A big trade for Jake Muzzin set the stage for the Toronto Maple Leafs to ice a reasonable defense. They finally had all of their forwards in the lineup (with their legs underneath them, too). Out in front of them was a good opportunity to solidify home-ice advantage in their inevitable first-round matchup against the Boston Bruins.

The month of March has not worked out the way the Leafs hoped, though.

The Leafs went 6-5-3 for 14 points in 15 games with a minus-three goal differential. The team averaged 3.7 goals against per game after giving up 2.9 per game the rest of the season. With four games left, they are now six points back of Boston — who also had their struggles this March — all but meaning they will start the playoffs in Beantown yet again.

It’s difficult to properly grade and evaluate the Leafs for the month, though, given their general lack of depth on defense due to two injuries — three if you include their best AHL defenseman in Calle Rosen — to Travis Dermott and Jake Gardiner. Over the weekend, Mike Babcock lamented the loss of Gardiner in particular, noting, “We’ve missed him and it was very apparent.”

Gardiner has been a highly-debated player for years in Toronto, but they clearly need his puck moving and skating ability back in the lineup — badly. That’s a big part of why it has been difficult to gauge the team as of late.

That said, if we look back at past Stanley Cup finalists, they’ve generally had a strong month of March. Last season, Washington went 10-4-0 in March and Vegas went 9-5-2. In 2016-17, Pittsburgh went 9-4-3 and Nashville went 7-5-2. The season before, Pittsburgh went 12-4-0 and San Jose went 9-7-0. None of those teams posted a negative goal differential in March, either.

For the Leafs’ top players, they generally held up their end of the bargain: In the 14 games in March, John Tavares racked up 18 points, Mitch Marner recorded 16 points, Auston Matthews posted 13 points on 70 shots on net(!), and William Nylander produced 10 points (albeit just the one goal).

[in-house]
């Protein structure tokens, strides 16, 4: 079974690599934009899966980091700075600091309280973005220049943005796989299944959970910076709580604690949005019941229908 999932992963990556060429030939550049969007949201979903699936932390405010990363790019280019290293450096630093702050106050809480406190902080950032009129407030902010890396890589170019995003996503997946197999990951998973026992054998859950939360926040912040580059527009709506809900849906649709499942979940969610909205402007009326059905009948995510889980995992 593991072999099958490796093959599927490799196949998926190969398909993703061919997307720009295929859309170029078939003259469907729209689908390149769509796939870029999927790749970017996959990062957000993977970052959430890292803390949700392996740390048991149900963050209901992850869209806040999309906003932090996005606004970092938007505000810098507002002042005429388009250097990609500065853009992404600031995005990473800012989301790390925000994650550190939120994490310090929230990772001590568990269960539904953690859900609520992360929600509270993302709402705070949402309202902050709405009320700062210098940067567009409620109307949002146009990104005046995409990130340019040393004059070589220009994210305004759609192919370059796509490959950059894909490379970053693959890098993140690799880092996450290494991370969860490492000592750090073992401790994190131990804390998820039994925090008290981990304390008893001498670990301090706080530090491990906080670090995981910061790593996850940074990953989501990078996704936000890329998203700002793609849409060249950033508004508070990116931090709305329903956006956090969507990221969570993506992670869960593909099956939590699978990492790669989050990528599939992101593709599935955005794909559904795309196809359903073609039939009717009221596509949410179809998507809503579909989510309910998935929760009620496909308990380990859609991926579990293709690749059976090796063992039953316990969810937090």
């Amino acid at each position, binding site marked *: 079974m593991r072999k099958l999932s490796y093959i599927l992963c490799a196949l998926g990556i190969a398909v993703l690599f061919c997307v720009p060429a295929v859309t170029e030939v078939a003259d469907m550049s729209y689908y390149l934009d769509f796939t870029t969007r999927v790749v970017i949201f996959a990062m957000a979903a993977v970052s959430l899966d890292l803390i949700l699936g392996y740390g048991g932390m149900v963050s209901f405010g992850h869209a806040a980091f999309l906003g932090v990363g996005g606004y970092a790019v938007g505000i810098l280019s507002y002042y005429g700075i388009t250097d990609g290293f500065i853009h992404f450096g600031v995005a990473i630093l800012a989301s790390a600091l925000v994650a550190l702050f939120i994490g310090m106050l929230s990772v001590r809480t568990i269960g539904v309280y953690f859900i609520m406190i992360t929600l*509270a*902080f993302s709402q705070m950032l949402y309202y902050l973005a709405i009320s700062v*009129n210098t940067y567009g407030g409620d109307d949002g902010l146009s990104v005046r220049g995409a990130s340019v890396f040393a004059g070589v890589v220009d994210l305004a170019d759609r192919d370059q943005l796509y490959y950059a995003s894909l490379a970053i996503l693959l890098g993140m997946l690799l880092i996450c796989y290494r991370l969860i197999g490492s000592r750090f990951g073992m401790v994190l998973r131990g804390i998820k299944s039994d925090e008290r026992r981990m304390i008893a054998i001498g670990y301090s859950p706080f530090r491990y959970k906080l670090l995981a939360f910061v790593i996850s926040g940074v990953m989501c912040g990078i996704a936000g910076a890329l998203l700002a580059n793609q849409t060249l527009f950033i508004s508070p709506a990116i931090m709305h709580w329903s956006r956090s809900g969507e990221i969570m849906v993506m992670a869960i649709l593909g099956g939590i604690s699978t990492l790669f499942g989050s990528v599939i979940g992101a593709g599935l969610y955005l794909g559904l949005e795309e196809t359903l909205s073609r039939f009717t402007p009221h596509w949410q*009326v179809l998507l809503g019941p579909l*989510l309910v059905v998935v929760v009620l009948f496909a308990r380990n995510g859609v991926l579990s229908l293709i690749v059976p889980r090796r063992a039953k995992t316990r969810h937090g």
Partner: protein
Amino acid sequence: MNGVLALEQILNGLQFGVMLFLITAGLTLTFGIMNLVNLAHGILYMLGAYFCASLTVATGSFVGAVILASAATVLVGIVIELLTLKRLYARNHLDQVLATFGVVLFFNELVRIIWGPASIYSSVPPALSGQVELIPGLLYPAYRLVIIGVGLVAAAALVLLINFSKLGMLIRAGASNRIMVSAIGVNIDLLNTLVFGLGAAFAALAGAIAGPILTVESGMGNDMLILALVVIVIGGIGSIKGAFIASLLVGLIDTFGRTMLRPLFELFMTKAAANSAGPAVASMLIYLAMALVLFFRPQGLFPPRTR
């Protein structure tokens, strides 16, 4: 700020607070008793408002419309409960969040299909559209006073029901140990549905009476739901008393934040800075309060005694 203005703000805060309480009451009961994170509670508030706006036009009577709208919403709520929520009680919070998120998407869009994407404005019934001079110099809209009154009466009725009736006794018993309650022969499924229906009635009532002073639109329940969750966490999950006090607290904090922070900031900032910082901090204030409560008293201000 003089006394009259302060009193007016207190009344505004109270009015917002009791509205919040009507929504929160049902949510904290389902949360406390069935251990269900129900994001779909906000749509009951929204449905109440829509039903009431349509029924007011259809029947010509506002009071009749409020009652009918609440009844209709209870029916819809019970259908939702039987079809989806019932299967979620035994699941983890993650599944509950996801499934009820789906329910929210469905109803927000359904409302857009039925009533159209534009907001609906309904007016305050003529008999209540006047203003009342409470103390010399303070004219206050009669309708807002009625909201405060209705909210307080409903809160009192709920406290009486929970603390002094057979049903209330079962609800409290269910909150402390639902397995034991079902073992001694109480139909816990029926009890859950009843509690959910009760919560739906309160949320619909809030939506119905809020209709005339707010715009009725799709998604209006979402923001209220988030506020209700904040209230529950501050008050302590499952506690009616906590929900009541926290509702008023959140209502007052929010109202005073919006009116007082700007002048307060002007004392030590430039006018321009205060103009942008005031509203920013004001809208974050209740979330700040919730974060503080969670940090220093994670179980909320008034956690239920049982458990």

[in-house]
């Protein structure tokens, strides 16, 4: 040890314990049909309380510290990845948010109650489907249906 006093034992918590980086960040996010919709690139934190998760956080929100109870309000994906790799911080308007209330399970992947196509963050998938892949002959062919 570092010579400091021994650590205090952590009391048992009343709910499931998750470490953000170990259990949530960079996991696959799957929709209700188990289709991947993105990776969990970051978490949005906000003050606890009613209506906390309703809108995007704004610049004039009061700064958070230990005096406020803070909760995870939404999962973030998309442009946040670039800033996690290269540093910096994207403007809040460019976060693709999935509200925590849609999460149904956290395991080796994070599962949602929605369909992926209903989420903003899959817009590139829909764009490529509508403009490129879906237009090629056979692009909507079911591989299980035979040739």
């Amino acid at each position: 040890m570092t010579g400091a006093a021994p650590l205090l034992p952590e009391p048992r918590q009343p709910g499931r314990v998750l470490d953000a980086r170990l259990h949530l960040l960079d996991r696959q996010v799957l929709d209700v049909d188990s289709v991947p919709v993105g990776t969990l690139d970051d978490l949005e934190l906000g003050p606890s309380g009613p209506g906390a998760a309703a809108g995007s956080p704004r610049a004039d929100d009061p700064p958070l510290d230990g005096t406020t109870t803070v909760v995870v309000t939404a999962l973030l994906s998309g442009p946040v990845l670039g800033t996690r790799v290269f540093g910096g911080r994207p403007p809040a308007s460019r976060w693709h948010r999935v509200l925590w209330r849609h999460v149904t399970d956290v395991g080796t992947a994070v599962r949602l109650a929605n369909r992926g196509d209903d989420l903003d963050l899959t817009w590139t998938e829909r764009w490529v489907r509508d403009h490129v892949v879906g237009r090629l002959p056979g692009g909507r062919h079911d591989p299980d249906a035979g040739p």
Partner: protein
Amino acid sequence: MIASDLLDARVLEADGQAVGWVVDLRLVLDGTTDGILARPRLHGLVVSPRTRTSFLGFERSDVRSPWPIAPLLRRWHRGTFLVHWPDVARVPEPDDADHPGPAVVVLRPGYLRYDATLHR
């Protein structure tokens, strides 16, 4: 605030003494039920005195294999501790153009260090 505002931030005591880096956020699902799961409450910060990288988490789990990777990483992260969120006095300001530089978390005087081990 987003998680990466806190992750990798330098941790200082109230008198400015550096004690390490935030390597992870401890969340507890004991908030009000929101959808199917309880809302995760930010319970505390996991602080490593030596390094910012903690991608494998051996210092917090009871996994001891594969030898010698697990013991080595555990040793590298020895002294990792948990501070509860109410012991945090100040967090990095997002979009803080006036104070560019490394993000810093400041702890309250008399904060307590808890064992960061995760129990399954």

Beyond the injuries, secondary players struggled to produce – Andreas Johnsson and Nazem Kadri scored one goal each in March, while Kasperi Kapanen didn’t score at all. Patrick Marleau scored twice.

Frederik Andersen posted an .890 save percentage in March, while Garret Sparks averaged an .898. Andersen admitted this month that he has not been fully healthy this season: “I think I’ve played more games and felt better [in the past]. I think that this year I’ve been banged up a little bit at times, and obviously with the time I missed it’s been different. I don’t really want to compare too much of how I felt. Right now the focus is on trying to feel good going into the playoffs.”

The Leafs had opportunities to rest Andersen throughout the season – they have been a playoff team since day one of the season – but now that ship has sailed as he tries to rediscover his game before the Boston series.

In addition to the slippage in net, the Leafs were plagued by slow starts this past month -– they scored first in six of the 14 games despite having about as soft a schedule as you can get, playing Buffalo and Ottawa twice apiece, Florida, Edmonton, the Rangers, Flyers, and Vancouver. Only six of the games were at home, but three of those road games were in either Buffalo or Ottawa.

The Leafs have had a good season, but they are looking at quite a few question marks with four games remaining in the year while facing down a playoff format that all but guarantees they’ll play Boston and then Tampa Bay. It’s a tough ask.


– A few other notes looking at player stats in March – Morgan Rielly logged over 24 minutes per night and Jake Muzzin was over 23. They have both been horses for the Leafs. In the 14 games, they each had nine points; Rielly launched 46 shots on net and Muzzin fired 37. I still wonder if there was more of a plan to play them together and injuries made that not plausible. With a healthy group, the Leafs have a bit of an underrated defense.

– One thing the Leafs are doing to preserve Muzzin and Rielly: limiting their shorthanded time on ice. Muzzin averaged 1:08 per night there in March and Rielly was at 30 seconds. Both are below their season averages.

Connor Brown tallied three goals and six points in March but put only 13 shots on net. His 28 points this season ties his total from last season, although he has only eight goals and just doesn’t appear to have much confidence offensively. Maybe a couple going in last week will help.